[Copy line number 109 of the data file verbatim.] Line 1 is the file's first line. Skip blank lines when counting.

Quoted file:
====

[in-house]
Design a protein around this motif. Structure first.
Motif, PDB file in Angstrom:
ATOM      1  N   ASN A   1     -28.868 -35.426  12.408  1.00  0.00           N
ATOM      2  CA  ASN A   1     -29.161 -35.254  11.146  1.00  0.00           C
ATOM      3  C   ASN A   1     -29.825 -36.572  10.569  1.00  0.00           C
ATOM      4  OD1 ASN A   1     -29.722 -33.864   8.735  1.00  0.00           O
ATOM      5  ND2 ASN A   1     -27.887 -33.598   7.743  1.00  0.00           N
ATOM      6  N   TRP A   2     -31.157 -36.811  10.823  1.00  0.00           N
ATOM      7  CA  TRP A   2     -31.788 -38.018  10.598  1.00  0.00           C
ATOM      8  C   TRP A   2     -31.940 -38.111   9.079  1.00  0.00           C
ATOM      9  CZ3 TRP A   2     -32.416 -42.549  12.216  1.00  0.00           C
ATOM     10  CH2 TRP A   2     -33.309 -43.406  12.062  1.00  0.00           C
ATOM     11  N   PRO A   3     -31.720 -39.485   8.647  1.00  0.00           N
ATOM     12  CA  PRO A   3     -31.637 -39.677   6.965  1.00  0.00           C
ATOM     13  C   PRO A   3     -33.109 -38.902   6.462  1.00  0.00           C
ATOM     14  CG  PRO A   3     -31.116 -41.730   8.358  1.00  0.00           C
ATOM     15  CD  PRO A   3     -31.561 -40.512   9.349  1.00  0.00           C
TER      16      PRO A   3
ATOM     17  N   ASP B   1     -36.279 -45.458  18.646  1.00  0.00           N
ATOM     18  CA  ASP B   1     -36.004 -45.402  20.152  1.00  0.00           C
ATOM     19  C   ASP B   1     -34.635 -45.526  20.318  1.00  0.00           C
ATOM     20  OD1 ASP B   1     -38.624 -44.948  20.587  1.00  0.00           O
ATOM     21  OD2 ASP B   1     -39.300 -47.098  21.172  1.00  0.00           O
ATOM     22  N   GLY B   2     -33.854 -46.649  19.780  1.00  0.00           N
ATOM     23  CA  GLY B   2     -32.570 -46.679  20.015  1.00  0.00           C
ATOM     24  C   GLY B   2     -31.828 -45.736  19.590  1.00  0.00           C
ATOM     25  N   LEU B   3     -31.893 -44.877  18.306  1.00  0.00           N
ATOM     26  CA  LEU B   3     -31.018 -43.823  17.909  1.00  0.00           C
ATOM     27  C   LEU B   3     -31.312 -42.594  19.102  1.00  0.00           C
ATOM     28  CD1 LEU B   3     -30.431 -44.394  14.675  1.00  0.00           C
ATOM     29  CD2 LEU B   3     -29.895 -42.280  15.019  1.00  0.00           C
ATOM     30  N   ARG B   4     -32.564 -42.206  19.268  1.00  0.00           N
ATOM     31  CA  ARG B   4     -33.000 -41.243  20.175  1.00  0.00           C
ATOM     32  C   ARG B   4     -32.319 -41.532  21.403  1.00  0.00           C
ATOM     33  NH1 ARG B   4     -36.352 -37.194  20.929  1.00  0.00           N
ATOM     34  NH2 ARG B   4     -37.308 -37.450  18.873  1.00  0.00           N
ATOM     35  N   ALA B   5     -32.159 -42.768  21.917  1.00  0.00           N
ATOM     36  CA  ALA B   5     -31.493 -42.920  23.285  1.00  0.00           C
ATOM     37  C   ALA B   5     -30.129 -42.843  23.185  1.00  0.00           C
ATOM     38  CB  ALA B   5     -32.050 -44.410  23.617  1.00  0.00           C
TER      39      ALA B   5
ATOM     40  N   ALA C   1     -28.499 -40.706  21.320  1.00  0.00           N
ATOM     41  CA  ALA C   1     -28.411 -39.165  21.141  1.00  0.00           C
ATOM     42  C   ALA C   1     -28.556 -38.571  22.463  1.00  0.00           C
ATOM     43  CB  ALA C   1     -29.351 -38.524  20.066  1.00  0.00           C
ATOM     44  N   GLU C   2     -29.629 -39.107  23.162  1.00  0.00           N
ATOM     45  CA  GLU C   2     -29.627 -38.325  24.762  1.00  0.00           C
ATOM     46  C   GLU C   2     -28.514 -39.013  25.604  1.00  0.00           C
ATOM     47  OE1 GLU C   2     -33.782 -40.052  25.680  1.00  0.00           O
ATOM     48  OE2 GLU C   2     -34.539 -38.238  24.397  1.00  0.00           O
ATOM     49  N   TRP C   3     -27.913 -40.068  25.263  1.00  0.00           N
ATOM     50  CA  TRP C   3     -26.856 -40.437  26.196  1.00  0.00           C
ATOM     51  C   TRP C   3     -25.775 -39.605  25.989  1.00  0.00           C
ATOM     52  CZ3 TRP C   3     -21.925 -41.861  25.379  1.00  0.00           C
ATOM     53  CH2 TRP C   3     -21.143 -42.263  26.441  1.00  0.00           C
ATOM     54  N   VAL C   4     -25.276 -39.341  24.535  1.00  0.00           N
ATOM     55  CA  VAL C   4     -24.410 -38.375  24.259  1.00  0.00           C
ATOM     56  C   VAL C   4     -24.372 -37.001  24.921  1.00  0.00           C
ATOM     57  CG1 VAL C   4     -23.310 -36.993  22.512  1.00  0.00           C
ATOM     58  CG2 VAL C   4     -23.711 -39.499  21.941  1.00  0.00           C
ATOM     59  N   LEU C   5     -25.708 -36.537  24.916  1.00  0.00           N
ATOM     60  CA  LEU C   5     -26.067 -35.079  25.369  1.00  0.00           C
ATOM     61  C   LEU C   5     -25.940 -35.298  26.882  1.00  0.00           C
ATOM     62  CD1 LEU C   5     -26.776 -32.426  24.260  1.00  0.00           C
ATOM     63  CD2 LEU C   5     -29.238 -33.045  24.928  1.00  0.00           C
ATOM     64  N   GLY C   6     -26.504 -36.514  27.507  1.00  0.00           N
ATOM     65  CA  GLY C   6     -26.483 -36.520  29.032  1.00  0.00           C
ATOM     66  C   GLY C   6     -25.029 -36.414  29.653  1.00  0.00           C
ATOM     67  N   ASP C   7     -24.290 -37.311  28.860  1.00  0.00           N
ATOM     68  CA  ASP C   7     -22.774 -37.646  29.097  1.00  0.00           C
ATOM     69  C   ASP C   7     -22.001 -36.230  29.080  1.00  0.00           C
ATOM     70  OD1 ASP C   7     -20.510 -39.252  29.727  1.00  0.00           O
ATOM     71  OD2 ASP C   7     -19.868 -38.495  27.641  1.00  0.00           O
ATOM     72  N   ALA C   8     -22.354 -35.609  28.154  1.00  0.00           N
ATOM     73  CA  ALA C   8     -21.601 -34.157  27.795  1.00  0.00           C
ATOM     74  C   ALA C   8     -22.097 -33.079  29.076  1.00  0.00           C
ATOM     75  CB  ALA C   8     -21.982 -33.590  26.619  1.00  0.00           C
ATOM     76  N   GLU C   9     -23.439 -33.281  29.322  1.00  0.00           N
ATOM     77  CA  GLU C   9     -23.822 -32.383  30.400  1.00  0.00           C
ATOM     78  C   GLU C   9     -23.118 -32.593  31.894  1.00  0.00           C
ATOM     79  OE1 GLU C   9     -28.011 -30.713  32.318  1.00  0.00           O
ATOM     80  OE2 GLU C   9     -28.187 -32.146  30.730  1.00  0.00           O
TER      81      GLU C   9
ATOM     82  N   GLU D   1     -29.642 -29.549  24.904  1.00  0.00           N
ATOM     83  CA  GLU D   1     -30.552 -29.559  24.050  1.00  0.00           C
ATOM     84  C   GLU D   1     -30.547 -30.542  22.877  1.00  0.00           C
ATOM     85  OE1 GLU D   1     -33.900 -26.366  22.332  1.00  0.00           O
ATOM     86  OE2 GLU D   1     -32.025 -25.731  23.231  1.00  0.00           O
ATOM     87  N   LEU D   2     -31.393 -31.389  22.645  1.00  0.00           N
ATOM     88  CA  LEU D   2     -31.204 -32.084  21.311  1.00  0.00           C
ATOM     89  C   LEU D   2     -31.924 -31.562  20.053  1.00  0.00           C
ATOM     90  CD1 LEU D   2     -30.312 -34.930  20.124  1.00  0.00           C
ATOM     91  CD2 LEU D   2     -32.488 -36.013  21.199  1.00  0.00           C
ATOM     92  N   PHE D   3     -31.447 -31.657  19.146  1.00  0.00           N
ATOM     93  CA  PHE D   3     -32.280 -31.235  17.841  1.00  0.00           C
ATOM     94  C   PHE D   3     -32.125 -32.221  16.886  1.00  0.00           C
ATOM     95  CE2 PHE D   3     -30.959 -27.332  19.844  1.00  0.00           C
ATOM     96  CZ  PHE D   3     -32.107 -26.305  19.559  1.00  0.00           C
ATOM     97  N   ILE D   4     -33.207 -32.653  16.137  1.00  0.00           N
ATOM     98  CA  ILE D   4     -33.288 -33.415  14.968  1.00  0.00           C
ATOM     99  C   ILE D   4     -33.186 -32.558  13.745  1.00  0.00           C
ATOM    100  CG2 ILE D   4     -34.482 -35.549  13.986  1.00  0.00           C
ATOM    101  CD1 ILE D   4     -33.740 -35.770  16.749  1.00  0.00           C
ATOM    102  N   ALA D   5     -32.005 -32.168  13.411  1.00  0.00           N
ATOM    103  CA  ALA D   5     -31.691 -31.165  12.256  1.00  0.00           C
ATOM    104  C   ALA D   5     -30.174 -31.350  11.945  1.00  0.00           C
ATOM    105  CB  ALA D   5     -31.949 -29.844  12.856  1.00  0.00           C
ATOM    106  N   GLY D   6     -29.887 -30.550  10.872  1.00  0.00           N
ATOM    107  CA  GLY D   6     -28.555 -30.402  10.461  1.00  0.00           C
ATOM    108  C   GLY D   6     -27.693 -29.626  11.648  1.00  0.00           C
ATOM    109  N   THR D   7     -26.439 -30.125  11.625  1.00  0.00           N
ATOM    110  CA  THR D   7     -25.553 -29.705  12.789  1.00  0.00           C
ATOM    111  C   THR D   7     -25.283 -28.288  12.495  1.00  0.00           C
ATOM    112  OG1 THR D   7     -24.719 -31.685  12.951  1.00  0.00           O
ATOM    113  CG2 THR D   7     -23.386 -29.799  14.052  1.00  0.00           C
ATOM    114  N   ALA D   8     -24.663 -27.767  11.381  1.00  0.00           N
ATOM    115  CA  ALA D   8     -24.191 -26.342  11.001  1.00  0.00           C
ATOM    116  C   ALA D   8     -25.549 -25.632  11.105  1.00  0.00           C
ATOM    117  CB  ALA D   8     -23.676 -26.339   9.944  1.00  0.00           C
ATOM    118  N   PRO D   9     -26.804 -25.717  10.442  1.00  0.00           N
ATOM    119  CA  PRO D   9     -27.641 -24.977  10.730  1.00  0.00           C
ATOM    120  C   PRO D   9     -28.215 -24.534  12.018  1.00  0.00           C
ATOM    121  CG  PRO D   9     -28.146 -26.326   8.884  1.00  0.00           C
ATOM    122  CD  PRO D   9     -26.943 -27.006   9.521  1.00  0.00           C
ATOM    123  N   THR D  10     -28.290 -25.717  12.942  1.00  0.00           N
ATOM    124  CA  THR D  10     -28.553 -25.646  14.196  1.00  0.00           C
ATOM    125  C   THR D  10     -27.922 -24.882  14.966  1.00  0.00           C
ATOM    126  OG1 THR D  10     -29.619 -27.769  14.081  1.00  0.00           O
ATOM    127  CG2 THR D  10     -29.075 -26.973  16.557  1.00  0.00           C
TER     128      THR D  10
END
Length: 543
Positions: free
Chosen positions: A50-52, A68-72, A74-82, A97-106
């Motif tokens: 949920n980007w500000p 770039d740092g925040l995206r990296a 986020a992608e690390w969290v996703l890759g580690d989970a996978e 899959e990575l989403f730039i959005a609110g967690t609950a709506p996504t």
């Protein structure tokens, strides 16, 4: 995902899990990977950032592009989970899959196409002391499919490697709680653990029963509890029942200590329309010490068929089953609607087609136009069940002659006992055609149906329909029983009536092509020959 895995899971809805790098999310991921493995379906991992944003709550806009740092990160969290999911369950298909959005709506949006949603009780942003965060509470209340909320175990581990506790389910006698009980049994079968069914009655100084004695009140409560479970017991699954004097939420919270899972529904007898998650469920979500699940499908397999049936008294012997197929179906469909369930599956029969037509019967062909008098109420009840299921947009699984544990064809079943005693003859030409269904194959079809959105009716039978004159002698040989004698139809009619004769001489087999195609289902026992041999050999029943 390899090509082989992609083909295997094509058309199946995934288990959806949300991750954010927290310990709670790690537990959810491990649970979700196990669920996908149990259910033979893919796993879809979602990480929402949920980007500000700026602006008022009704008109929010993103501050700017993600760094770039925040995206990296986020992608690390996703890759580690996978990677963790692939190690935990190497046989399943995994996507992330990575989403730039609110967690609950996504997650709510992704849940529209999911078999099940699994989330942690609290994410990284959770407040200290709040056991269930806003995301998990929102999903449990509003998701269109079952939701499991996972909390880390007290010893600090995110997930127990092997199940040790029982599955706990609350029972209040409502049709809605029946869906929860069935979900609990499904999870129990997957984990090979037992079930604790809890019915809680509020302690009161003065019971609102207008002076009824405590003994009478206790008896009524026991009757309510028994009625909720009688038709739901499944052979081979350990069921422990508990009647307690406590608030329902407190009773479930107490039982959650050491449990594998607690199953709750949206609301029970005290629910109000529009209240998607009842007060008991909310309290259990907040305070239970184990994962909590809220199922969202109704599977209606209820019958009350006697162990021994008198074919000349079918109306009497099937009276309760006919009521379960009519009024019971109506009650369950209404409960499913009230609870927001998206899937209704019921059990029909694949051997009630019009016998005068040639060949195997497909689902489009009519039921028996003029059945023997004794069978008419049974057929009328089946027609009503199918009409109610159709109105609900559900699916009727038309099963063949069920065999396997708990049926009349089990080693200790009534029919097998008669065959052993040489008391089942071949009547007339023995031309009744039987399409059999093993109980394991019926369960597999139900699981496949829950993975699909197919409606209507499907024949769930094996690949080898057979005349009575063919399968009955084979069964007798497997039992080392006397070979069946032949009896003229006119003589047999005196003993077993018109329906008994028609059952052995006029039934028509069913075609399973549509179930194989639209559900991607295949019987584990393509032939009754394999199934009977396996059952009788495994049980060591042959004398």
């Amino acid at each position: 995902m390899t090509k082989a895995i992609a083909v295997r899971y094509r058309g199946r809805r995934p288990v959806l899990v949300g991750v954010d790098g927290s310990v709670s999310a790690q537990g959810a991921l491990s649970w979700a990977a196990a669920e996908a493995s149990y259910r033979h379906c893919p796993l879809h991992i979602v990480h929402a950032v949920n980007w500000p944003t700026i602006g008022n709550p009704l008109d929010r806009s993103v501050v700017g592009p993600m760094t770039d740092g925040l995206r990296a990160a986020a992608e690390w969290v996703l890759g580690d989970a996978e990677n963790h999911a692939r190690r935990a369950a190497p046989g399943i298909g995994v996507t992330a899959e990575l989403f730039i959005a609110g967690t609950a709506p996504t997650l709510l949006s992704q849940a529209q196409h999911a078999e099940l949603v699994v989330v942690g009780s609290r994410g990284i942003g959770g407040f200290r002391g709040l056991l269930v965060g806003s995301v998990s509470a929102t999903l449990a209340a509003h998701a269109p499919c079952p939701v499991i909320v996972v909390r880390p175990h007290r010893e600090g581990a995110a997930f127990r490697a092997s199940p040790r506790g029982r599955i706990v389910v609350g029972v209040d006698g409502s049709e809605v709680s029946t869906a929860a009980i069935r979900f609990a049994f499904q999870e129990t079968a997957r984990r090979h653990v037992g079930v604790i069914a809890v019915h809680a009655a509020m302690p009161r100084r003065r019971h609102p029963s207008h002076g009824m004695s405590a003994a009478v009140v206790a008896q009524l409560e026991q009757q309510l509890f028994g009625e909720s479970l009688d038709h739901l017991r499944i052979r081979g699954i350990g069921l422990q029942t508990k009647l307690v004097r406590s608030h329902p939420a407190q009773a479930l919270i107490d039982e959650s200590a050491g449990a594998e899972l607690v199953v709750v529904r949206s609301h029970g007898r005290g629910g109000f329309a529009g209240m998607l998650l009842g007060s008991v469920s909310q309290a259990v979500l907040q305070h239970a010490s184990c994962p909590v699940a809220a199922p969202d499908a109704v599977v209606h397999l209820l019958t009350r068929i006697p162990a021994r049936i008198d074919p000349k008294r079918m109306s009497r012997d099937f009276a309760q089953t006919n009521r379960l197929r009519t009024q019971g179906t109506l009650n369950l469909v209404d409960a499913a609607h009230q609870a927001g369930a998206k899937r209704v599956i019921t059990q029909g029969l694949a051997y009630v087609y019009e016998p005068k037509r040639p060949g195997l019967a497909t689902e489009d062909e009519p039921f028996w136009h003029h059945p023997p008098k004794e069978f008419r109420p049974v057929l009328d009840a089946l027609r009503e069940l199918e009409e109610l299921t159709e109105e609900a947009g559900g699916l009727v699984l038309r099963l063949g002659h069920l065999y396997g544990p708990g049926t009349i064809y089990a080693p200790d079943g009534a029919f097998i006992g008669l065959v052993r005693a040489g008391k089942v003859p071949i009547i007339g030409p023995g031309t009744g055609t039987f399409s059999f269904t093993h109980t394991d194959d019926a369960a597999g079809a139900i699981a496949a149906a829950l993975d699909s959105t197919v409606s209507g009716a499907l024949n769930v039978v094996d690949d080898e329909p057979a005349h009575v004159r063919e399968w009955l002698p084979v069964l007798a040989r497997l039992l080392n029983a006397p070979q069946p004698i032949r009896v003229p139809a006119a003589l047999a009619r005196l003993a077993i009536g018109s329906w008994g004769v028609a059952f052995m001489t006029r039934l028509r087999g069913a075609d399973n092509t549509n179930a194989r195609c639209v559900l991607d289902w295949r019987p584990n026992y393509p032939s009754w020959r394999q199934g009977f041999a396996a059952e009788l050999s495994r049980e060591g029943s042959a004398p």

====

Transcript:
ATOM    106  N   GLY D   6     -29.887 -30.550  10.872  1.00  0.00           N